I still have to move on, but I have no idea as to how I’m going to do it.
The remaining days at work had their rough moments, each serving to remind me why I intend to resign effective the end of July, and steeling my resolve therewith. And sometimes I’d just be a little bit tired, closing off my calls with, “Well, thank you very much for calling Sprint, together with Nextel, and my name is Will,” instead of the more mainstream, “have a wonderful day.” I guess all jobs have their ups and downs, though; it’s just that this one doesn’t quite cut it for a long-term stay.
Saturday was both Canada Day and my stepfather’s birthday. We had a little barbeque and get together here at the house. In the evening we had originally planned to go to my Uncle Cliff’s house on the Dartmouth waterfront to see the fireworks, and so I regretfully turned down a quick invitation from Mrs. B. to come down for the evening and join their little party. (I guess it was well that I did.)
After 9pm, I realized that my mother and stepfather weren’t actually going to go anywhere, and that I was free for the evening (my assistance would have been necessary to get Paul and his wheelchair into Uncle Cliff’s). Ryan had invited me to his BBQ via MSN, so I suddenly got the idea to call Tanya and see if she’d like to go.
So I called Tanya, and got Mrs. B. – Tanya was sequestered on the phone with her “boyfriend.” This was news to me, so I asked, “Oh, you mean Alex?” Yes, it was Alex, who I thought was halfway across the country right now. (Rats.) Knowing how attractive that vacuous, innocuous, simpleton-yet-Mensan is to her, I just gave up and said I’d be going to Ryan’s BBQ – tell her if you like.
I also called Catherine, and to my delight she was already there when I arrived. They all booted me out of the house to retrieve marshmallows, but I was back in plenty of time to catch the fireworks, which we watched from the nearby bridge.
Later on we’re having a lively conversation in front of the fire, and Catherine and Ryan are talking about when they first met. Ryan thought for a moment that it was at Mike Fox’s party (a very good, but not quite accurate guess), and he even proactively mentioned that it was the night he massaged Tanya for 2+ uninterrupted hours. I was still vaguely sore about that even unto last night, and I kind of tore into him about it. I won’t repeat the language I used here – not to say that I was swearing per se, but I probably crossed over the line of friendly joshing.
Don’t worry; they had a leg up on me:
“Um, Will, when did you last to talk to Tanya?”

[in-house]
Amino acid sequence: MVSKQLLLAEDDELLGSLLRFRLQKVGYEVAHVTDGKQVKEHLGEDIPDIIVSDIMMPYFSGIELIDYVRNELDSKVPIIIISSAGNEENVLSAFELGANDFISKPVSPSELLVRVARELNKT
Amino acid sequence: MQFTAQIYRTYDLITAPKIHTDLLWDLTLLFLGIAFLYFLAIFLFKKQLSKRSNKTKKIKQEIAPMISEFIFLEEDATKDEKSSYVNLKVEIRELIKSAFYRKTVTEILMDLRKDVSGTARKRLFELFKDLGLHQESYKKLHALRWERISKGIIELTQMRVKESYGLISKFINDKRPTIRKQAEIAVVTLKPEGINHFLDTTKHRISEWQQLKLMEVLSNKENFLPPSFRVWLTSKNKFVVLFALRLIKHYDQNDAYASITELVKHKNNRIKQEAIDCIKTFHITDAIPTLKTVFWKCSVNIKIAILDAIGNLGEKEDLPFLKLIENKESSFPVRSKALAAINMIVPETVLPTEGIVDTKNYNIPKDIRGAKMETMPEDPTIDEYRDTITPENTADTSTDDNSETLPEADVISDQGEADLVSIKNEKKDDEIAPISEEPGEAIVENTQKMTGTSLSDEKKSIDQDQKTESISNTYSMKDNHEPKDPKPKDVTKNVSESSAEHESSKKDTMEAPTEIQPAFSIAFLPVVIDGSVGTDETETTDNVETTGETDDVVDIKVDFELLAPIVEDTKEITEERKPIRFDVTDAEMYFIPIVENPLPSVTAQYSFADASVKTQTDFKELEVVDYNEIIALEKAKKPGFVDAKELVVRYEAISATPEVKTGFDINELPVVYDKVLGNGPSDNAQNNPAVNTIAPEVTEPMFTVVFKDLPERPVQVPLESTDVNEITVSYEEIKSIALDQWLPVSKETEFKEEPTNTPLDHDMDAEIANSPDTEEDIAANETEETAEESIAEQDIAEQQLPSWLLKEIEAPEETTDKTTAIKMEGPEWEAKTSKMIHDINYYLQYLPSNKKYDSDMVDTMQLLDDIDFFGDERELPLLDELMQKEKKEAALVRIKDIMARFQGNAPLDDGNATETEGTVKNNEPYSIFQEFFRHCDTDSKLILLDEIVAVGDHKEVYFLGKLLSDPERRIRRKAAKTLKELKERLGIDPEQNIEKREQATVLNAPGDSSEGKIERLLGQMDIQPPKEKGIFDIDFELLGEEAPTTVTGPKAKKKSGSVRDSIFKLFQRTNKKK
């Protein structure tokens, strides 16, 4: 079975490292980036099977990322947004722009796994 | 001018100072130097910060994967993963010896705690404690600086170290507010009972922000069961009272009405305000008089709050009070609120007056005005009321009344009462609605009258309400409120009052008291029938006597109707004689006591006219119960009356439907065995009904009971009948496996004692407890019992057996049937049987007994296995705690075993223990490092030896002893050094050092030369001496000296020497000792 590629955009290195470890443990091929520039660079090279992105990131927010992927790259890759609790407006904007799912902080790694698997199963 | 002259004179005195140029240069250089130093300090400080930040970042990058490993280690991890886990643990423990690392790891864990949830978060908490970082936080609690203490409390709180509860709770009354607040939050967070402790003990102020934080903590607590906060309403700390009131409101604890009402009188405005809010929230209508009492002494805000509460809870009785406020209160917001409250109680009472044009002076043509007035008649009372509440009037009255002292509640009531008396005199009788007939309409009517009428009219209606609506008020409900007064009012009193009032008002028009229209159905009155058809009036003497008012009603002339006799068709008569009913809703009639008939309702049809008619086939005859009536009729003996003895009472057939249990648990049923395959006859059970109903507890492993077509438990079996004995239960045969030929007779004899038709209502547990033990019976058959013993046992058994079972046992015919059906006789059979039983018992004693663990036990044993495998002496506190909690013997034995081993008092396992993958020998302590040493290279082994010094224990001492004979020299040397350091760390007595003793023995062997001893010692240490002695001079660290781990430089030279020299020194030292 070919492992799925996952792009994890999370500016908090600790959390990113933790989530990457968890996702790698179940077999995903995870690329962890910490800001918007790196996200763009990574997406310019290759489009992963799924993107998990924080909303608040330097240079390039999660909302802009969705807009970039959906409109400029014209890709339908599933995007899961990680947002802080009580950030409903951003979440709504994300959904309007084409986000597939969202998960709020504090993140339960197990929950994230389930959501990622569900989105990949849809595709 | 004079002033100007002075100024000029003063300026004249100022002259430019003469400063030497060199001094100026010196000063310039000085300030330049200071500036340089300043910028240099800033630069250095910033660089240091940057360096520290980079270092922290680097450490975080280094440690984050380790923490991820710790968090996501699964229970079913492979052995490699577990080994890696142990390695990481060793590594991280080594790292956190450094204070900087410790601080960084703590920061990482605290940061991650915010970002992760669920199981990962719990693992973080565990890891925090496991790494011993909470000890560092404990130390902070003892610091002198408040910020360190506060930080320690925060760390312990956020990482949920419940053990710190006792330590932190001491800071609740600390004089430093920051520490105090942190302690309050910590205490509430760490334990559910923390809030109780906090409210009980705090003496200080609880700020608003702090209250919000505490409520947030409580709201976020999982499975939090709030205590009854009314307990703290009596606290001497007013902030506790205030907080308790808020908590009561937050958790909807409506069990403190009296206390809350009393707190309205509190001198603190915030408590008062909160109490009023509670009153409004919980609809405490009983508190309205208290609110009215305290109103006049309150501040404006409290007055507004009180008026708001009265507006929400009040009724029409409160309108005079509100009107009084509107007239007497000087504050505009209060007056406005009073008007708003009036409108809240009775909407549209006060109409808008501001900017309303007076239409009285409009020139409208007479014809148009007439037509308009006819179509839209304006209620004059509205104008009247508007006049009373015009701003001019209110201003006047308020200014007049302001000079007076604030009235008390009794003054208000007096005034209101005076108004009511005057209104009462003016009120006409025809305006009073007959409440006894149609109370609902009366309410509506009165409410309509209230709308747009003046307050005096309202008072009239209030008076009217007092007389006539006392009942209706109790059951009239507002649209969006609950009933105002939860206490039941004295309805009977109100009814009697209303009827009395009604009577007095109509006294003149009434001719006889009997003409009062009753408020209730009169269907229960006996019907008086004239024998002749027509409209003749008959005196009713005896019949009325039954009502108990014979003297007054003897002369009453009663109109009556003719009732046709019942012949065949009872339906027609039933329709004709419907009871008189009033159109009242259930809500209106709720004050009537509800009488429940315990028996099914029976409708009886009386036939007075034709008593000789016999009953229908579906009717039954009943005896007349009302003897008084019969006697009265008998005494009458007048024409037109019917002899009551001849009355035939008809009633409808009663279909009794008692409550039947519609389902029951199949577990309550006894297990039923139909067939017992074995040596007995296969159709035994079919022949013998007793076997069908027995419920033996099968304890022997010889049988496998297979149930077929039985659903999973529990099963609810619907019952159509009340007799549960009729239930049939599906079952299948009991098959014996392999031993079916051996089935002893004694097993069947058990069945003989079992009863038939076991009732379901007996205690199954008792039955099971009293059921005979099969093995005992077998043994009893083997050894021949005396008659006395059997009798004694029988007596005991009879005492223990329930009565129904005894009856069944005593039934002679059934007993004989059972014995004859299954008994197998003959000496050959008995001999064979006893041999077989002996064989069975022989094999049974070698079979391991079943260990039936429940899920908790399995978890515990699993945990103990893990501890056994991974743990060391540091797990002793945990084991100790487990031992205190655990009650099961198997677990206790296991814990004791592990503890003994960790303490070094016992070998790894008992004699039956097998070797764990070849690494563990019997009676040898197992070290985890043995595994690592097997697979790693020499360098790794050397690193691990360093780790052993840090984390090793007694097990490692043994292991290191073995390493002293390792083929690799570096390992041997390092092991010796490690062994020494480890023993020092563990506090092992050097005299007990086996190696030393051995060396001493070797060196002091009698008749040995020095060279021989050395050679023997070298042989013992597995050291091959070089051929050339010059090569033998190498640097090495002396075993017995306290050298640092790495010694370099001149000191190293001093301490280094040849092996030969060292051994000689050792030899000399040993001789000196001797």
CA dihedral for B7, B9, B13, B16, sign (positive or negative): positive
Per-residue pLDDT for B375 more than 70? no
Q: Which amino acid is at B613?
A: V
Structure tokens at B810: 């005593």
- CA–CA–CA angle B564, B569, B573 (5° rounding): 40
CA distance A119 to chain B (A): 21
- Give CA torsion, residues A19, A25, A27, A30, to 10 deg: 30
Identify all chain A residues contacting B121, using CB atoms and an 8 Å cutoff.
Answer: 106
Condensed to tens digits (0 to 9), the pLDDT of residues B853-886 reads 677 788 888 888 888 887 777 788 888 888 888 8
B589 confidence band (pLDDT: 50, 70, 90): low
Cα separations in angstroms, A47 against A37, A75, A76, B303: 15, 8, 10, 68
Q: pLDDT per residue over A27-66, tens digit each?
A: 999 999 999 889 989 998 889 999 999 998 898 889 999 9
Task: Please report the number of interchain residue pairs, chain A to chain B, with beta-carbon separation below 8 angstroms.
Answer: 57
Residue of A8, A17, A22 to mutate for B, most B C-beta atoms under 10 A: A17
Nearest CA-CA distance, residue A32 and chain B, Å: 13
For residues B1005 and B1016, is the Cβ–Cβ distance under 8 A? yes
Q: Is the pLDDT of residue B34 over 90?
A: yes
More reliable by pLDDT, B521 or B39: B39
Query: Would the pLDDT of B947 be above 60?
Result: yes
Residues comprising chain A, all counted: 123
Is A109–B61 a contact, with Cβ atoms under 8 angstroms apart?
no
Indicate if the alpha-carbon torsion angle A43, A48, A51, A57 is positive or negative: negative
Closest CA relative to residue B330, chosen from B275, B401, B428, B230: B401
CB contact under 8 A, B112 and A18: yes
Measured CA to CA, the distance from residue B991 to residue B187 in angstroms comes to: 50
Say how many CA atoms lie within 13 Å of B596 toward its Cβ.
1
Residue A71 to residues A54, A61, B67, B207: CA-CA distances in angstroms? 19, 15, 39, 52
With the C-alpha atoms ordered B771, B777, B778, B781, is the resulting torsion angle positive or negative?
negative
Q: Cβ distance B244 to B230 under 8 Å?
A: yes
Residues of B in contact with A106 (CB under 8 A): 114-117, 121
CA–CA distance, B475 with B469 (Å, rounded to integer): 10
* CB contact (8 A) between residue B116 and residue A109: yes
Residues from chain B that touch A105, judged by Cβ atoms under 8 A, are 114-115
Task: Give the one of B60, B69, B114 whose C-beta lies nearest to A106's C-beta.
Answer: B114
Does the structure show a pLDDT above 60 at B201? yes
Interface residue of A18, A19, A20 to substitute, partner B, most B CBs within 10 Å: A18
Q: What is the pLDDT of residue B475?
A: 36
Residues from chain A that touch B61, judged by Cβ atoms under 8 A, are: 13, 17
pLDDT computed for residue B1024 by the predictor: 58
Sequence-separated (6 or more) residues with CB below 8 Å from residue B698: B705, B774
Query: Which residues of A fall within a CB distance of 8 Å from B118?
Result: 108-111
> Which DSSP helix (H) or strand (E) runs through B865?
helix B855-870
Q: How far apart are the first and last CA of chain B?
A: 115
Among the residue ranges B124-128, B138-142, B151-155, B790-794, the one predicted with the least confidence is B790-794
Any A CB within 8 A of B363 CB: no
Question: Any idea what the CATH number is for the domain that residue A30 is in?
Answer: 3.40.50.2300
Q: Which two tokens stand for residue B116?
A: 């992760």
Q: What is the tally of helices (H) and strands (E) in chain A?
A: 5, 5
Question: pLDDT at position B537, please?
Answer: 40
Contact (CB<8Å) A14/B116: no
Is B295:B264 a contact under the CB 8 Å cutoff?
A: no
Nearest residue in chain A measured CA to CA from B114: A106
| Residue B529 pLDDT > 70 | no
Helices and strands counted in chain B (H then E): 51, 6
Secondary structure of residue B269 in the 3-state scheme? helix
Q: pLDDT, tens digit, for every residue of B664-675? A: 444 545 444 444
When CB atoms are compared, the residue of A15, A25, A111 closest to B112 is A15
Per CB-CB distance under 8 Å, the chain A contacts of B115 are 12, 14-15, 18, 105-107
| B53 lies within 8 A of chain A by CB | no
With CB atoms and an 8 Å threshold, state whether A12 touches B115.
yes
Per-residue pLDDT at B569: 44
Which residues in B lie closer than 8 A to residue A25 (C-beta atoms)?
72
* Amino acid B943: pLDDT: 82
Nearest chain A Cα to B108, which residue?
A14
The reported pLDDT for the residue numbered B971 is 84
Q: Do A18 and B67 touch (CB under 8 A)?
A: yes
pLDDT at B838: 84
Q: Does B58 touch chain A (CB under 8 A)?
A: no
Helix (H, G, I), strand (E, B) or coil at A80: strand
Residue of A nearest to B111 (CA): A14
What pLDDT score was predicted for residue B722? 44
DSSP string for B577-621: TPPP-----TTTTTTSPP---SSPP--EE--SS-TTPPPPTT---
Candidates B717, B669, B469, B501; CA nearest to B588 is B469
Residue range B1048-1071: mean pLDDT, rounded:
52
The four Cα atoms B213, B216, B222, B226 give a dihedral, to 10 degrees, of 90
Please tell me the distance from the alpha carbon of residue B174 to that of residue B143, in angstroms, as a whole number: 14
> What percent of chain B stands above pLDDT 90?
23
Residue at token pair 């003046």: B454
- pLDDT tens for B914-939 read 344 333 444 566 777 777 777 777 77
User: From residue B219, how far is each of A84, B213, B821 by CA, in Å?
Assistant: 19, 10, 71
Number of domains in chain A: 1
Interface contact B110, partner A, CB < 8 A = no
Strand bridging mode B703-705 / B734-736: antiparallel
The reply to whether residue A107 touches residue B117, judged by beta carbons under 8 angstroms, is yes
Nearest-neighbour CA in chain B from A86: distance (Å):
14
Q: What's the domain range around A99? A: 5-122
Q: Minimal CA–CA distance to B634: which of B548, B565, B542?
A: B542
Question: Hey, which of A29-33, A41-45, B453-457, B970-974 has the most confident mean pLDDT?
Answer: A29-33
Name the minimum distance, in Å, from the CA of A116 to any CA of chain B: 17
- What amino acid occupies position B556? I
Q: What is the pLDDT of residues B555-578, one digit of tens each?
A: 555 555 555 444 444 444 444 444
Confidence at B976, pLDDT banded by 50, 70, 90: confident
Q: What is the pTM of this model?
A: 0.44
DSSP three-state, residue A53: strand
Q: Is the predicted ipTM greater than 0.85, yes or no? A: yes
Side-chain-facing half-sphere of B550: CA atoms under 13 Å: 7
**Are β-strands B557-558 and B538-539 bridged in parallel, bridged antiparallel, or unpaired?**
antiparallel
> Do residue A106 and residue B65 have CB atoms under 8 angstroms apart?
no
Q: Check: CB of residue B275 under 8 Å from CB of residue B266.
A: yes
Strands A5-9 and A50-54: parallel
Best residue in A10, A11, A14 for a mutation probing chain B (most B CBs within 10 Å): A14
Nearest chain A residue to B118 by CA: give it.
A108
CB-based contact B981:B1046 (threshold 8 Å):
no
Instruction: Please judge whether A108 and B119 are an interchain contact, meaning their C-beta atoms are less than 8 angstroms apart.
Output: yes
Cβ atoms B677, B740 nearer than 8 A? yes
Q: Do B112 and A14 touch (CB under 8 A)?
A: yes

“Tuesday! We went to the park.”
“And what’s new with Tanya?”
“Well, she broke up with D****e, she’s starting new courses on the 4th, she’s hanging around with this Alex guy a lot…”
Catherine chimed in, “Do you think she’ll tell him?”
Ryan, “I don’t think she’ll ever tell him. She’ll probably deny it for years!”
“What? What is it? What?” (repeat, ad nauseum)
_juju_: “Cricket, cricket.”
The rest may be best left to your imagination. Thanks to the help of my friends, I was able to laugh a bit again, but even unto this morning I’m still in a state of shock. This caught me completely off-guard; I mean, I guess it’s none of my business who Tanya likes (except that I’m sometimes deluded that it’s me), but I even heard it from Alex that they were just friends not that long ago (well, more than two months ago, I suppose, and I guess a lot can happen in that time, but I thought he’d had built his VW Beetle and was 5,000 kilometres away by now).
Do they have a ring and a date? No. But wait, why do I care? Why does this have to hurt so much? Why is it so humiliating to accept that I’ve finally, irretrievably, lost the war?
What am I supposed to do now? What do I do the next time I see her? Congratulate her, I guess. #@%&$. I don’t want to. I want a one-way ticket to Neptune.
I suppose, since I’m being so immature about this, I probably don’t deserve her anyway. Actually, everybody who was there says that I can do better, but there’s a big difference between potentially being able to do better and actually doing it.
I feel like I’ve got next to nothing left to live for. I know that soon this will all be just an unpleasant memory, and that I’ll have new values, and I’ll be happier and wiser than ever. I just have no idea how I’m going to get from here to there.